Object name: ARP212

Designation(s): ARP212,

Arp 212 (NGC 7625) is a small galaxy only about 60 light years away. It is classed as an SA(rs)A pec spiral and by Arp as an unclassifiable galaxy with "irregularities, absorption and resolution". Today most consider it a polar ring galaxy but the ring is not illuminated as it consists mostly of dust and nonionized hydrogen gas though some HII is seen. Those interested in what all this means can go to this link for more info.

This one was taken and is displayed at 0.5" per pixel rather than my normal 1" per pixel, putting more stress on image quality. In this case, I pick up detail that Arp using the Palomar 200" telescope didn't. So I had better seeing than Palomar this night.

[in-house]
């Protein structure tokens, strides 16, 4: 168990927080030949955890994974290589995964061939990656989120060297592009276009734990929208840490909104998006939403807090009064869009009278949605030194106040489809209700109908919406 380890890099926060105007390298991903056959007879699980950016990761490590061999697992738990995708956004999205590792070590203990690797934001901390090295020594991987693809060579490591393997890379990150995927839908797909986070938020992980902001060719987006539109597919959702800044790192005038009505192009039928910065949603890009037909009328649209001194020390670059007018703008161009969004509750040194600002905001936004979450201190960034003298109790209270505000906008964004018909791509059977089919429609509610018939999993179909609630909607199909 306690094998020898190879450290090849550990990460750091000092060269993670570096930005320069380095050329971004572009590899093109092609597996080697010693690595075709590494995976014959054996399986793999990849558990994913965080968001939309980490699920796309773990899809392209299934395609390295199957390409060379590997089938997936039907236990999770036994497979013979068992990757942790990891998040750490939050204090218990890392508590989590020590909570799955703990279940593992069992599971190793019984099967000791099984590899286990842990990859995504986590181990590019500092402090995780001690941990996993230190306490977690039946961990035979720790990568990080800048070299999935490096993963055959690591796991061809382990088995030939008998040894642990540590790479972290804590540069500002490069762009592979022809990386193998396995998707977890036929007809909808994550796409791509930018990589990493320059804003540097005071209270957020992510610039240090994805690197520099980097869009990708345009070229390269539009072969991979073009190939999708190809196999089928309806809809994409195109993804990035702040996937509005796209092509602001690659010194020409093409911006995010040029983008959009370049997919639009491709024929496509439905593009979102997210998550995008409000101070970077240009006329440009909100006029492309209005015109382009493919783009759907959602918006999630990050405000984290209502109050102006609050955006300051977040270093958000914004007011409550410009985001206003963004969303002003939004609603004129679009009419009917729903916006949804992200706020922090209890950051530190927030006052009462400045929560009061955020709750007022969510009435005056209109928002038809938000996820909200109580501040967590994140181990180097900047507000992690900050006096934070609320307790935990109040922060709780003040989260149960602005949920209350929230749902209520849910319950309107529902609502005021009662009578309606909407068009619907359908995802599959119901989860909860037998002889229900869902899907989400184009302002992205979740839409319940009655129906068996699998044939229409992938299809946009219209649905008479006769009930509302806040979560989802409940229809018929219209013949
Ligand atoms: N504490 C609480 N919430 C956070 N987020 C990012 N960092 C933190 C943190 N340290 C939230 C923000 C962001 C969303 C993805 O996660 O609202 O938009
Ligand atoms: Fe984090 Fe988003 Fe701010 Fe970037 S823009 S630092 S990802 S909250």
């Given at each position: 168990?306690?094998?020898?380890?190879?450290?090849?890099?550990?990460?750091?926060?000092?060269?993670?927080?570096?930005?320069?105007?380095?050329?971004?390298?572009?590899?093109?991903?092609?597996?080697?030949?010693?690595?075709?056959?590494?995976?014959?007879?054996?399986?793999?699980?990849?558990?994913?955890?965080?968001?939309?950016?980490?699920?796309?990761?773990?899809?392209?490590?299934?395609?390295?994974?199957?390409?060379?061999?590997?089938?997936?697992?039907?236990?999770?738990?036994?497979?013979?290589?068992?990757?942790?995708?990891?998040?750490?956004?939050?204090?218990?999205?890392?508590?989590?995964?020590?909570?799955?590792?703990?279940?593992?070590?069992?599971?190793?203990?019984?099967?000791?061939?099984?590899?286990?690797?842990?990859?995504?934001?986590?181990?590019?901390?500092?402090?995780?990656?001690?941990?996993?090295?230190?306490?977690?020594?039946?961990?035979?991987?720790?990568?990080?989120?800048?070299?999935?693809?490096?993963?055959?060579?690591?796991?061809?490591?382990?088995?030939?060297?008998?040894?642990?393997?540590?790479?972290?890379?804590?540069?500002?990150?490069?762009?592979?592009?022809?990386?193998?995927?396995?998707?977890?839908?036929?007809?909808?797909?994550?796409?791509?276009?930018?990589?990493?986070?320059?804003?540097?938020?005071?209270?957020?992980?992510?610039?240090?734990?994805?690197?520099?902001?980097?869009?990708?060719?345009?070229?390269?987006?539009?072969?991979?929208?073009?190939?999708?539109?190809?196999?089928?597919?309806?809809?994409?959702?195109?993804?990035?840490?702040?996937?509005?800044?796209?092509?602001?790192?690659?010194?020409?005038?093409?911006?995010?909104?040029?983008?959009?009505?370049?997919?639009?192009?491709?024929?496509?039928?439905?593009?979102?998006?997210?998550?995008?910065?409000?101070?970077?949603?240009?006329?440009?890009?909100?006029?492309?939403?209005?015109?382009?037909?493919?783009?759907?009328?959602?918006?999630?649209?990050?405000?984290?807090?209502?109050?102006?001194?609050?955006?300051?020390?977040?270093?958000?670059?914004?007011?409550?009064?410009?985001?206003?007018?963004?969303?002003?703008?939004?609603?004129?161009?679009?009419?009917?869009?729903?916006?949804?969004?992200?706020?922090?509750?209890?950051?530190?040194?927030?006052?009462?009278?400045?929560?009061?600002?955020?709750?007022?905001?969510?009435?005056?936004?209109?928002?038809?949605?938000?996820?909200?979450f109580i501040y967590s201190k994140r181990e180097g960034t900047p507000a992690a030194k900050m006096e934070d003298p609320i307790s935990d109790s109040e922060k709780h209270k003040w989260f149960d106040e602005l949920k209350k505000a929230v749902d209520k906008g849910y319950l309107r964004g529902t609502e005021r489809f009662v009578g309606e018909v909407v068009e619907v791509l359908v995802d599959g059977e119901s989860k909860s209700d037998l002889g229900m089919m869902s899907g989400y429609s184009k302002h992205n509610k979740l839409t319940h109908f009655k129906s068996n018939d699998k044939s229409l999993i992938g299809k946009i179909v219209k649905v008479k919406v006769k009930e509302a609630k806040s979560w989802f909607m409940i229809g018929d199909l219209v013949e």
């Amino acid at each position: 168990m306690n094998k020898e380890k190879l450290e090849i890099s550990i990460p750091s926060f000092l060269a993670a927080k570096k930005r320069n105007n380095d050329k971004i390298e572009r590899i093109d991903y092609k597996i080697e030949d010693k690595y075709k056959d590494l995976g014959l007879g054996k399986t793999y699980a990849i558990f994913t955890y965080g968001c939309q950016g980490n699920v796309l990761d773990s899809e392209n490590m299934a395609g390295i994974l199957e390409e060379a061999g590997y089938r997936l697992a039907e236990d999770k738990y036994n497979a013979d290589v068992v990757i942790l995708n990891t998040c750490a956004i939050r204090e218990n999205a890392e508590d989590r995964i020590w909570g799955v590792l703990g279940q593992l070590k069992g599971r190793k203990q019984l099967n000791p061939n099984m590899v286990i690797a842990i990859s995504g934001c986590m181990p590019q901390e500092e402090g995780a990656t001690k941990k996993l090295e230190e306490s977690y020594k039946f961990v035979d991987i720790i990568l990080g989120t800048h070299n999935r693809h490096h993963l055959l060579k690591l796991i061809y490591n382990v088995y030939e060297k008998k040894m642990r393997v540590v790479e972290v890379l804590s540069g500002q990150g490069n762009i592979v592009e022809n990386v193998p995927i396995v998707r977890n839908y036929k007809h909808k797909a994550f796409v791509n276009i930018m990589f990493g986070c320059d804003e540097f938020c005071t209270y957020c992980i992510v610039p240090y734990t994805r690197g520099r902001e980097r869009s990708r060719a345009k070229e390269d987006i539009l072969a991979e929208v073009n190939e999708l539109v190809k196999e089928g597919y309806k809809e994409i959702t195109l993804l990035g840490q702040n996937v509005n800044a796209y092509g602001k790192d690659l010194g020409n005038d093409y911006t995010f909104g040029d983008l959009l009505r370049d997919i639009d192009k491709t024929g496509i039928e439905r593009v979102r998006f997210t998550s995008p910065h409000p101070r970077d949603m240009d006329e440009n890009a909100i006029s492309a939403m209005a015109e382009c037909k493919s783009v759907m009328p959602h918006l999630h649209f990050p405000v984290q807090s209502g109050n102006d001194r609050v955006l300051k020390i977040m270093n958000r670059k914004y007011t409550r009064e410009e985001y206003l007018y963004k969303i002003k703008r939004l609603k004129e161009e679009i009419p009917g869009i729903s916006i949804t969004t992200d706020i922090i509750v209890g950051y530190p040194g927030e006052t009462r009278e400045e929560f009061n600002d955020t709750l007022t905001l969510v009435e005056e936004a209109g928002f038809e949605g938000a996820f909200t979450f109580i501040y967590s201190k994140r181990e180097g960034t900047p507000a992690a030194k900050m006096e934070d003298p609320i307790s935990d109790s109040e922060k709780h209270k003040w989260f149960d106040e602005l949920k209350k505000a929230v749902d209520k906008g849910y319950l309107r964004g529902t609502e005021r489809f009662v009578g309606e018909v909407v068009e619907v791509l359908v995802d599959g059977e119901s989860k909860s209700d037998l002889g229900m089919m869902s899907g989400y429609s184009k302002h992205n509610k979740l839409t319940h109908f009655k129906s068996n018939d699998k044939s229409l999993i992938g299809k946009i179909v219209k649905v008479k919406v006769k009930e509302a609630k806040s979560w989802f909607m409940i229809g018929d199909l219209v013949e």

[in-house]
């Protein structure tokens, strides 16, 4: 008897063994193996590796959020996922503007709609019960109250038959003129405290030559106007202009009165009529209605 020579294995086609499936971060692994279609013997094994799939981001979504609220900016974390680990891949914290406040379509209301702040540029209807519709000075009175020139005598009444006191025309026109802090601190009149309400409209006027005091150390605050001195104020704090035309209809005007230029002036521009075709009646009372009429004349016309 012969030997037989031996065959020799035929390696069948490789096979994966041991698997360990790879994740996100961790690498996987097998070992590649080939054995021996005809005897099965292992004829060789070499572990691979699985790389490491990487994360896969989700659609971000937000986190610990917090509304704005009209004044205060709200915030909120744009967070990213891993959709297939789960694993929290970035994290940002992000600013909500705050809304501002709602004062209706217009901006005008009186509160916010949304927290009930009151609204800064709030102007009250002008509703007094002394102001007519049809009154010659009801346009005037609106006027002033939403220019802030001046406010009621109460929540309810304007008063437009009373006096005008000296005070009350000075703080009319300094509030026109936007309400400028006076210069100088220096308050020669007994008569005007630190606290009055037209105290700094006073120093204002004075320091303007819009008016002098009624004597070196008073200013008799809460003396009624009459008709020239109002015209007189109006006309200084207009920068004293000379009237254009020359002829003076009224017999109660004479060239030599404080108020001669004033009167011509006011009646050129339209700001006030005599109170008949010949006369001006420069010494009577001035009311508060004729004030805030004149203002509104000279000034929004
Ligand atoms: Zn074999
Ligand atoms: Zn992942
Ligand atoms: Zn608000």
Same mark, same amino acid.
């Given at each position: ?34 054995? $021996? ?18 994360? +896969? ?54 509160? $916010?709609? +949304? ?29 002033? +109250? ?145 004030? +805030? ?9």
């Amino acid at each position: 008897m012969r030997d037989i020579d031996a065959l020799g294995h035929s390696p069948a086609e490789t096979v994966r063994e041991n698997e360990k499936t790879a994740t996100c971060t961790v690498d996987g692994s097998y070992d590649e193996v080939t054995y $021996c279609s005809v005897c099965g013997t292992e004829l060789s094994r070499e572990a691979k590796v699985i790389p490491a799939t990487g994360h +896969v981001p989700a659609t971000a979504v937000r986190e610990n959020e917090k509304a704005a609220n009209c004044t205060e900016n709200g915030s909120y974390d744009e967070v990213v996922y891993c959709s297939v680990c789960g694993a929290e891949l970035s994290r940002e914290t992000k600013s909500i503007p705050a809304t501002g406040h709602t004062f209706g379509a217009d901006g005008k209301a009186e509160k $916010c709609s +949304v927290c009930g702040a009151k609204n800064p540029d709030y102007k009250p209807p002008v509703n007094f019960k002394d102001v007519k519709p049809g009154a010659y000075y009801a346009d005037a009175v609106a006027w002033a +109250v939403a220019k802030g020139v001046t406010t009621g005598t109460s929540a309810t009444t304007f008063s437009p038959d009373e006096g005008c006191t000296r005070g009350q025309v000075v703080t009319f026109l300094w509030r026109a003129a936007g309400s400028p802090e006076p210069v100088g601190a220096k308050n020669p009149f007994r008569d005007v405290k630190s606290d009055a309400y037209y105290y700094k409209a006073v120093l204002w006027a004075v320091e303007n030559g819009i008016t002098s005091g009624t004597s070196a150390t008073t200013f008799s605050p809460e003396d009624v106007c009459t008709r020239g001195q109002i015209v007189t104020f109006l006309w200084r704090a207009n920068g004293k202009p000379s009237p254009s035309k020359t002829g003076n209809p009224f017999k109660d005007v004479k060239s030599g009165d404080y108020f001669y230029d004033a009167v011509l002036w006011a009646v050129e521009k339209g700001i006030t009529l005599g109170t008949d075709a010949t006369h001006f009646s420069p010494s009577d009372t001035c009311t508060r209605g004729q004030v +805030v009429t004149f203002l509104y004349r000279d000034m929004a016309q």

To make a polar ring a galaxy it is usually considered necessary to have to have encountered another galaxy. Again, none is seen in the area. But it could have happened some time ago. A dwarf galaxy far out of my field of view to the upper left (northeast) is mentioned in the PDF link above as a possible candidate but this is still somewhat uncertain. NGC 7625 was discovered by William Herschel on October 15, 1784.

This image was taken at 0.5" per pixel rather than my normal 1" per pixel. At the time this was processed I was using a 32-bit system limited to about 3 gigabytes of free memory. This wasn't sufficient to work on the entire image so I cropped it down until I could fit it into memory. I need to redo it now that I am using a 64-bit system but as there wasn't much to see in the portion I cropped out I doubt that will happen any time soon.

Arp's image:

14" LX200R @ f/10, L=7x10'x1 RGB=2x10x2, STL-11000XM, Paramount ME